noxCTF DontLookInsideTheBox

Idang1410 of NopSlide

At first we got a nice zip file from the DropBox server. after we opened it we discovered an unknown file, named HashTable... sounds interesting.

So, we can try and open it with 010 to see the headers/magic and discover
the file format. We found out that it's an sqlite3 db.
So let's open it and advance.

When we tried to open the file (I picked the official sqlite3.exe),
we got an error saying that it's not a DB file. strange.

After some short exploring on the internet, we could see that the headers are wrong indeed,
and instead of sqlite3 at the beginning, it should be SQLite3.

We fixed the header, and now we can read the DB! great.

inside we could see three tables: Flags, plain, and hashs.
The flags table has over 1600000 of entries, and all of them looked like the
flag we looked for.
Each of the other tables had one column name XorMe. Intersting.

The rest of the tables were significantly smaller, with only one entry each.
Hashs' only entry is : 6c7a634e058812fb329863ff42fec497
and Plain's only entry is : JohnE

It seems unwise to xor the two - because one is 16 chars long, and the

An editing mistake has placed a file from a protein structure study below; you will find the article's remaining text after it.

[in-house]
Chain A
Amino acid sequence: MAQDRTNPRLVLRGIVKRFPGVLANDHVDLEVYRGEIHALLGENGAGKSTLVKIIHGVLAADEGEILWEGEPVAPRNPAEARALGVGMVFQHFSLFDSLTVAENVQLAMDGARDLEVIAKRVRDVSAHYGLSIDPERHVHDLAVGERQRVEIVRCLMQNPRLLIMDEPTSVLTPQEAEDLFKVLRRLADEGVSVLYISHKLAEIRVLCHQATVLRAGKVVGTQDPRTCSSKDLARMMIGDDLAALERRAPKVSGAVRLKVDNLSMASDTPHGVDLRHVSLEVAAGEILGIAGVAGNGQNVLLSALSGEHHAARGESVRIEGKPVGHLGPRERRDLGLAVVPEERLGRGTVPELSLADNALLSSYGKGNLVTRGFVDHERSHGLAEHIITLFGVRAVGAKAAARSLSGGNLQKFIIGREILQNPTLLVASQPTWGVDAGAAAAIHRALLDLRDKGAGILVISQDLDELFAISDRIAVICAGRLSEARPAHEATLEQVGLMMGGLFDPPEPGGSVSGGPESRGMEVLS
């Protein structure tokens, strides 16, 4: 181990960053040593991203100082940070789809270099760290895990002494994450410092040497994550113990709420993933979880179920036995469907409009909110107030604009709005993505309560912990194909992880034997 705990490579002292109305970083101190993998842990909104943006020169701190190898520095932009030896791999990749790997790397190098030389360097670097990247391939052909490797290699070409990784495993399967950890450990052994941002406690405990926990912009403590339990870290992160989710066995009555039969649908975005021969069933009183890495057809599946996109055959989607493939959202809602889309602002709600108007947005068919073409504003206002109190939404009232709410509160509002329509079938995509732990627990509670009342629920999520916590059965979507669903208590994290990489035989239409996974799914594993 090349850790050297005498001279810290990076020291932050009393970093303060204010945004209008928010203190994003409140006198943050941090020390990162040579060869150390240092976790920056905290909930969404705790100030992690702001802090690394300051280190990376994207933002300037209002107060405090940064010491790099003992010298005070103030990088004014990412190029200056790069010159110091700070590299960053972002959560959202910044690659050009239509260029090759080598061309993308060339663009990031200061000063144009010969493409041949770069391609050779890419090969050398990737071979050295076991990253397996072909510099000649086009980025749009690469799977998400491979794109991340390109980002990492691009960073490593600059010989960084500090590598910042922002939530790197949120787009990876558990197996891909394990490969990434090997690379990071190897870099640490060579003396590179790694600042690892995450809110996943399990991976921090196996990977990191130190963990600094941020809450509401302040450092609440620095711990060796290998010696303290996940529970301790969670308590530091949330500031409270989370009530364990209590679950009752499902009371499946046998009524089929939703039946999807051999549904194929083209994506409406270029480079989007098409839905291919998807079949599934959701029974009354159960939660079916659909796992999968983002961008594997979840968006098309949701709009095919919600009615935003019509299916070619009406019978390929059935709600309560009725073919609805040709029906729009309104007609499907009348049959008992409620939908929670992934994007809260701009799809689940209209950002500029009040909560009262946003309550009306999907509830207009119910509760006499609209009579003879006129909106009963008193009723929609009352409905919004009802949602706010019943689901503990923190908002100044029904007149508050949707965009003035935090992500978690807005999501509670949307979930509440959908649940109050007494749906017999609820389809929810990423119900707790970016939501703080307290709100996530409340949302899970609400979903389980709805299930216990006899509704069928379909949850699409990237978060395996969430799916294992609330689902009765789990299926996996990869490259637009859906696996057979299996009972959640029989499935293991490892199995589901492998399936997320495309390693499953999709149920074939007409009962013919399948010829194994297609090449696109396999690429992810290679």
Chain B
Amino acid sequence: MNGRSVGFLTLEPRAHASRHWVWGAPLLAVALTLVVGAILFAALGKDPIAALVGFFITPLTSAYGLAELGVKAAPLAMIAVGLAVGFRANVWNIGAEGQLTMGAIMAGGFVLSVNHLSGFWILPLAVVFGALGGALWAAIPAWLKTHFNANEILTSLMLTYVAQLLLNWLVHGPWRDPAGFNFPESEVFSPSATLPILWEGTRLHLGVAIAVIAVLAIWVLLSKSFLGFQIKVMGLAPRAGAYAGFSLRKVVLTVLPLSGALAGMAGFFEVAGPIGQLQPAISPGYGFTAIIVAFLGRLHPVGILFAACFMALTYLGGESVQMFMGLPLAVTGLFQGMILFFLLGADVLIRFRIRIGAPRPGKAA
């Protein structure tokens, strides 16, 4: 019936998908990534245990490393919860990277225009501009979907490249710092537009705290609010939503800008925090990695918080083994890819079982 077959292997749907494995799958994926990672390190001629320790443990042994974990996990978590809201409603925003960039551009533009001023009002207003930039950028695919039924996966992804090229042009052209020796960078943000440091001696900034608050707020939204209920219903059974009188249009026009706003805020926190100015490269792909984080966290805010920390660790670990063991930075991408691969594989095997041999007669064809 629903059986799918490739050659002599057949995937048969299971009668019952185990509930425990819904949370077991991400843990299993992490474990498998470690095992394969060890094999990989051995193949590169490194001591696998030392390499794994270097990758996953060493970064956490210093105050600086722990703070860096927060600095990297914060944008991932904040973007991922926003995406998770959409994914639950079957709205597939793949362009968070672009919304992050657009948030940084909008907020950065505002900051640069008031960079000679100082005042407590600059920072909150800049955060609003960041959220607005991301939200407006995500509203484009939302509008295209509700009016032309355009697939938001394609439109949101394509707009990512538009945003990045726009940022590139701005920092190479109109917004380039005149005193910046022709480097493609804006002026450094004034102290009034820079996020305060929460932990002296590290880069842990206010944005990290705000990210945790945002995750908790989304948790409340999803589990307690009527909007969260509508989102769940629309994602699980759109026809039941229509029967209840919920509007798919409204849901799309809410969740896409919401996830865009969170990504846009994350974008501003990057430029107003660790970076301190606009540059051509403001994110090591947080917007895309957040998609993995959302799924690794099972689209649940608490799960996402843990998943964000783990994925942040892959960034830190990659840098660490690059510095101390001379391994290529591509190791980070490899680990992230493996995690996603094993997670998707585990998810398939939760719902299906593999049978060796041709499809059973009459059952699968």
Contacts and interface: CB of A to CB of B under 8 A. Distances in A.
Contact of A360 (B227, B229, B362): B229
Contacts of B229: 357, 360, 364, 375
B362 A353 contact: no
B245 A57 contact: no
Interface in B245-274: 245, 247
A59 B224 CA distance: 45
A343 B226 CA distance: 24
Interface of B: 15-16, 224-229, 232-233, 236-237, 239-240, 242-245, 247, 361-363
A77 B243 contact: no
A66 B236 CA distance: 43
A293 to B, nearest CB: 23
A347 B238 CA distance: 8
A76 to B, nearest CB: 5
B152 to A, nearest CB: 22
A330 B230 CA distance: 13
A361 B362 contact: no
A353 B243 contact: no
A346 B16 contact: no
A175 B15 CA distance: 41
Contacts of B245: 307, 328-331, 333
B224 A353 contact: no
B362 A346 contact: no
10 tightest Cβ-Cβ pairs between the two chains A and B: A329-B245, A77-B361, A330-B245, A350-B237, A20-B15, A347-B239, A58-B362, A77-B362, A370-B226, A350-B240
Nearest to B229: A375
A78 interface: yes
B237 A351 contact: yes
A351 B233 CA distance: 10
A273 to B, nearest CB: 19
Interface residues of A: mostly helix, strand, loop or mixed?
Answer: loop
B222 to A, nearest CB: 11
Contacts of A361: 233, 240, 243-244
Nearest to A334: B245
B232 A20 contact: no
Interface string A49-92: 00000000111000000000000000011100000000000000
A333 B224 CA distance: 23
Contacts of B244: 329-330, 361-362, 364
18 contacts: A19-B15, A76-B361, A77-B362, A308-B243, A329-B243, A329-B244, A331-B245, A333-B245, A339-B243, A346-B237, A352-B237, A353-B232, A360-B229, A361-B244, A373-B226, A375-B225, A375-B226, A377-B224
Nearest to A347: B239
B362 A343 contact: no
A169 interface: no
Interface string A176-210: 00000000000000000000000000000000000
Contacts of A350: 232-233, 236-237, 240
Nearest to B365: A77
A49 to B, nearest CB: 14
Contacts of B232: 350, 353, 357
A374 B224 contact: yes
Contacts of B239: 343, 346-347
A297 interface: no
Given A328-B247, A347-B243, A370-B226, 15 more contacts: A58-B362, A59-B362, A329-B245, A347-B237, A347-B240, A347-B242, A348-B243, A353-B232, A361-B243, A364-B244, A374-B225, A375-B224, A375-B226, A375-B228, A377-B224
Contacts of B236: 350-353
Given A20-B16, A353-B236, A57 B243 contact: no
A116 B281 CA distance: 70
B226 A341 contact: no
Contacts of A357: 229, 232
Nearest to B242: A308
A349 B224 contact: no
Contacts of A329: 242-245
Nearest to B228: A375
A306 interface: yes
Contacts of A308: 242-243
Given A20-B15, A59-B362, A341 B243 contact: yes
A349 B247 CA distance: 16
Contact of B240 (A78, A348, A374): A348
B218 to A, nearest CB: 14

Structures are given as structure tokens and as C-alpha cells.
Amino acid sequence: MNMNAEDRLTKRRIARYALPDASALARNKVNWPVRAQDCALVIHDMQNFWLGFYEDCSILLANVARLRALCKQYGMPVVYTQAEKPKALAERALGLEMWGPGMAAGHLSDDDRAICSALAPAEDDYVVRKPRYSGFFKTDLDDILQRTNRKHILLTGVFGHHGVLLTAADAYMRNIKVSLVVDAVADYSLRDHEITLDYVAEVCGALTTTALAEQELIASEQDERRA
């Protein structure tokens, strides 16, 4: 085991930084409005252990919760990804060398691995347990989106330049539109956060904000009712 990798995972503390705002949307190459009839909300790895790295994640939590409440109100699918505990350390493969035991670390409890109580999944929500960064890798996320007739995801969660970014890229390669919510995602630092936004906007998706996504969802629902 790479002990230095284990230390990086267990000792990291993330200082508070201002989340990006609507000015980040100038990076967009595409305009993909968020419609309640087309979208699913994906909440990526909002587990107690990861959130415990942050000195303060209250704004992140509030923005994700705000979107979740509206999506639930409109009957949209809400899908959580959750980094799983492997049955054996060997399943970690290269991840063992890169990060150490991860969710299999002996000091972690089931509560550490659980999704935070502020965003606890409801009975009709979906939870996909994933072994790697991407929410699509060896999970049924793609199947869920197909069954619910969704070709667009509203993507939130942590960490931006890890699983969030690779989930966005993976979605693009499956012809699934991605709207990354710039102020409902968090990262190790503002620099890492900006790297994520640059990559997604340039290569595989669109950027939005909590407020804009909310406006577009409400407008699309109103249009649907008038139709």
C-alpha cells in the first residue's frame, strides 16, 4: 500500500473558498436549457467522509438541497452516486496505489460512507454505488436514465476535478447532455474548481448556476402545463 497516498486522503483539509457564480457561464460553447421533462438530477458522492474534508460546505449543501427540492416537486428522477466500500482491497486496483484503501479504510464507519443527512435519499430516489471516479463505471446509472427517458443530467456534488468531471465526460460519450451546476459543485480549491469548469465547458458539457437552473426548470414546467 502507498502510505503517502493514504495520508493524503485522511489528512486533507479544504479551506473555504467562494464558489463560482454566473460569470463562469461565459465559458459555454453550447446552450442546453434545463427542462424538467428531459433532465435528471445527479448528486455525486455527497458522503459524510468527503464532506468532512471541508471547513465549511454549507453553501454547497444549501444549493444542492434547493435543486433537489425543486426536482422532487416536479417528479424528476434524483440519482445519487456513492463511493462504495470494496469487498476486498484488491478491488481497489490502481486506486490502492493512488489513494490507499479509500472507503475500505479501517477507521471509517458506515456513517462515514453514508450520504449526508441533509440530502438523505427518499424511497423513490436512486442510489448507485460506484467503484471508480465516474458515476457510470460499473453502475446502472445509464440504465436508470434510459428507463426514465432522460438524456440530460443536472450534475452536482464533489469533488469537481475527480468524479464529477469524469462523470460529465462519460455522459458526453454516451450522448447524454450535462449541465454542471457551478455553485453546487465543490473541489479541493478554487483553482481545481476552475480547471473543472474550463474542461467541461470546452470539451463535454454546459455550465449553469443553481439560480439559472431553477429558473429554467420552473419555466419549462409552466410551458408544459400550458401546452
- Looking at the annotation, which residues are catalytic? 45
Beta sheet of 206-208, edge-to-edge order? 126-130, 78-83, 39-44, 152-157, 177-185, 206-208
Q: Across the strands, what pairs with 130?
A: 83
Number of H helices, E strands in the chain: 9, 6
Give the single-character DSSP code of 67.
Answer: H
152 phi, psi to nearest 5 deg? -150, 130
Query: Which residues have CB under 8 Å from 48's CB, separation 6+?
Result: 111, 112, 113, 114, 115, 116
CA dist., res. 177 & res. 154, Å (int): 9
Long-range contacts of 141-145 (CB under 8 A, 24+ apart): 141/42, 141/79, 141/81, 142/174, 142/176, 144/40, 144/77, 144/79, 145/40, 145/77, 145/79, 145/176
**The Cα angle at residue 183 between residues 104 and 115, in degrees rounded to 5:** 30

second is 5 chars long.
So maybe we need to break the hash, and xor the original value with plain?
Those of you who tried that discovered the hash is not in any common rainbow table,
nor doest it break easily with common hash breakers.

But even if we do manage to break it and xor the two values - what would we expect to get?
The flag? we have a full table of those. maybe an index to the table?
a five-byte valye would probably be too large to hold a valid index.

Let's think about another idea.
What if the creator took the MD5 of the flag, and the MD5 of the key (JohnE), xored them,
and saved the result as Hashs' entry? In this scenario, the hash is not meant be broken at all!
And if we calculate an MD5 hash of the key (da0754b53009704f67fa771ae3a3a036),
and xor it with the given hash, we should theoreticly get the MD5(flag).

Now we can use the flags table - let's calculate an md5 hash on each flag,
and compare it with the hash we got.

The python code goes like this :

(go to the original writeup)

Andddd Yes! we found the flag at the index of 16000000 - and it's noxCTF{h4shUL1t3}. Nice challange indeed

Original writeup (https://nop-sli.de/noxalectf-dontlookinsidethebox-writeup-2/).